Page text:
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Supreme Court refuses to review ban on sex offenders in parks

City News Service | 4/25/2014, midnight
The state Supreme Court refused Thursday to review an appellate court's ruling, striking down a ban on registered sex offenders ...

The state Supreme Court refused Thursday to review an appellate court's ruling, striking down a ban on registered sex offenders in parks in 15 Orange County cities and similar prohibitions in 30 cities statewide.

"We're obviously disappointed by the Supreme Court denying our petition for review,'' said Susan Kang Schroeder, chief of staff for the Orange County District Attorney's Office, which promoted the bans. "We put our heart and soul in every brief and every argument to protect the children of Orange County from dangerous sex offenders.

"We still believe it was the right thing to do. We don't regret the effort, and we're going to continue to do all we can to protect children from sex offenders."

The only way to revive the bans would be to effect a change in state law to authorize local governments to enact their own bans.

In January, a panel of Fourth District Court of Appeal justices struck down the county's ordinance and one in Irvine. Since the Irvine ruling was published, it acts as a precedent and makes all of the bans unconstitutional.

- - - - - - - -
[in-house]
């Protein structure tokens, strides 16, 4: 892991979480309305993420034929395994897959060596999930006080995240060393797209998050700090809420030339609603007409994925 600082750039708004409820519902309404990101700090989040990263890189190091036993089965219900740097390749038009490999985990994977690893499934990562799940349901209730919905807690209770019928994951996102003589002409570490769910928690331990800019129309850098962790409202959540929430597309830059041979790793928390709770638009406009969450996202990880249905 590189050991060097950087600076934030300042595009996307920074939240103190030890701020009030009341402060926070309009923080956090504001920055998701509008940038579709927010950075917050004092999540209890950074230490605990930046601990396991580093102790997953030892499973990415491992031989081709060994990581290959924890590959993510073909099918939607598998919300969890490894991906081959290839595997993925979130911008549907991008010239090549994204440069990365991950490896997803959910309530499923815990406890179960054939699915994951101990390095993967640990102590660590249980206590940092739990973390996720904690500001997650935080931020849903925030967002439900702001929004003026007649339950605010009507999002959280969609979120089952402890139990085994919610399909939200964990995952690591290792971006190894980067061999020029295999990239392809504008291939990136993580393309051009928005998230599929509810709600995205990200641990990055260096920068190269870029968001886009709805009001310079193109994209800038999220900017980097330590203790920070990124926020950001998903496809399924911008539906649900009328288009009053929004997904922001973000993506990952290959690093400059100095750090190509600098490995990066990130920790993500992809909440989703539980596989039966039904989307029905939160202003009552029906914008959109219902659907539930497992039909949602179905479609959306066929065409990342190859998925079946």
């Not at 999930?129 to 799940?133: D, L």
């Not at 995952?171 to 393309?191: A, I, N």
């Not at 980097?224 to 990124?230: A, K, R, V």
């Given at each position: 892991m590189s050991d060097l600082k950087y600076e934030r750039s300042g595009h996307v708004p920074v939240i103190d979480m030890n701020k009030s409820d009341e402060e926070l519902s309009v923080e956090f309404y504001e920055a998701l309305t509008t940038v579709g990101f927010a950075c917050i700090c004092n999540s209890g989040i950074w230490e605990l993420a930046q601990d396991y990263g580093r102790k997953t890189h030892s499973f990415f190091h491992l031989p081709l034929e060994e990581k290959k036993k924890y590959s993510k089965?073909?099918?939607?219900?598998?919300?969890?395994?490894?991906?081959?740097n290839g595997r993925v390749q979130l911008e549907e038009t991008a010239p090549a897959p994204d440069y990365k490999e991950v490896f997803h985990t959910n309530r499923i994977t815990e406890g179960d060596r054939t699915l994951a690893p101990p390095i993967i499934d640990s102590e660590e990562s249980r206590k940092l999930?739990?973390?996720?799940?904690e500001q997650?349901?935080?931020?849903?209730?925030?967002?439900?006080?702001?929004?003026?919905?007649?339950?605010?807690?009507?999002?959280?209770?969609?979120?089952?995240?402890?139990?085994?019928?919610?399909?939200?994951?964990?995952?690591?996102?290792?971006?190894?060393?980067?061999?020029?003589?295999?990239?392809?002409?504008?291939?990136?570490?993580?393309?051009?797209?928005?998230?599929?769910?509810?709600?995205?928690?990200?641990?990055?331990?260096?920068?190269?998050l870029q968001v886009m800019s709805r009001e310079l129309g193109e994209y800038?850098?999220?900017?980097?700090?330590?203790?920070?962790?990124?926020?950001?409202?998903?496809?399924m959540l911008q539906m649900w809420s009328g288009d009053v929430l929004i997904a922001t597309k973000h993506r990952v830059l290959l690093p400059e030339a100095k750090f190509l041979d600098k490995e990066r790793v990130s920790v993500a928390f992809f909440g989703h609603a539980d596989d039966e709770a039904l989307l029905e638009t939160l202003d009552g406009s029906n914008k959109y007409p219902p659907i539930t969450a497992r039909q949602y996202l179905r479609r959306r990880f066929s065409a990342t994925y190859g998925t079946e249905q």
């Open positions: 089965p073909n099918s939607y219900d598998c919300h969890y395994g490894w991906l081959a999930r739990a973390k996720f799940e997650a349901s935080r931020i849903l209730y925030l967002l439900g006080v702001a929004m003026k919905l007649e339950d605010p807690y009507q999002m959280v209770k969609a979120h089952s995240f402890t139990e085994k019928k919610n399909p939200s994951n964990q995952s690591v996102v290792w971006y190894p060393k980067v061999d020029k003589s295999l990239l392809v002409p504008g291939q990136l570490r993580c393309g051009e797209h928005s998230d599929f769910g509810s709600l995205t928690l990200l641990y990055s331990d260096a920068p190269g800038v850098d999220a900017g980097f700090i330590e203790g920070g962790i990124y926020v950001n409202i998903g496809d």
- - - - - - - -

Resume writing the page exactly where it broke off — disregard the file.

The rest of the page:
The appellate panel ruled that the local ordinances conflicted with state law, which takes precedence.

In the Irvine case, JeanPierre Cuong Nguyen's success in getting his misdemeanor conviction dismissed by a lower court was affirmed. Nguyen was charged with violating Irvine's ordinance, because he went to one of the city's parks in September 2012 without the written permission of Irvine's police chief.

The county's ordinance also made it a misdemeanor for a registered sex offender to enter a county park without the county sheriff's written permission.

The appellate justices' ruling in that case stemmed from a visit by Hugo Godinez, a registered sex offender with Costa Mesa police, to Mile Square Regional Park in Fountain Valley on May 5, 2011, during a Cinco de Mayo celebration.

Godinez was found guilty, but a panel of Orange County Superior Court judges who handle appeals in misdemeanor cases overturned his conviction last April and sent the case to the Fourth District Court of Appeal for review.

Most of the Orange County ordinances banned registered sex offenders, except in Irvine and Fountain Valley, where bans targeted those convicted of crimes against children.

Lake Forest, Lancaster, Palmdale, Costa Mesa and El Dorado County repealed bans after legal challenges were raised.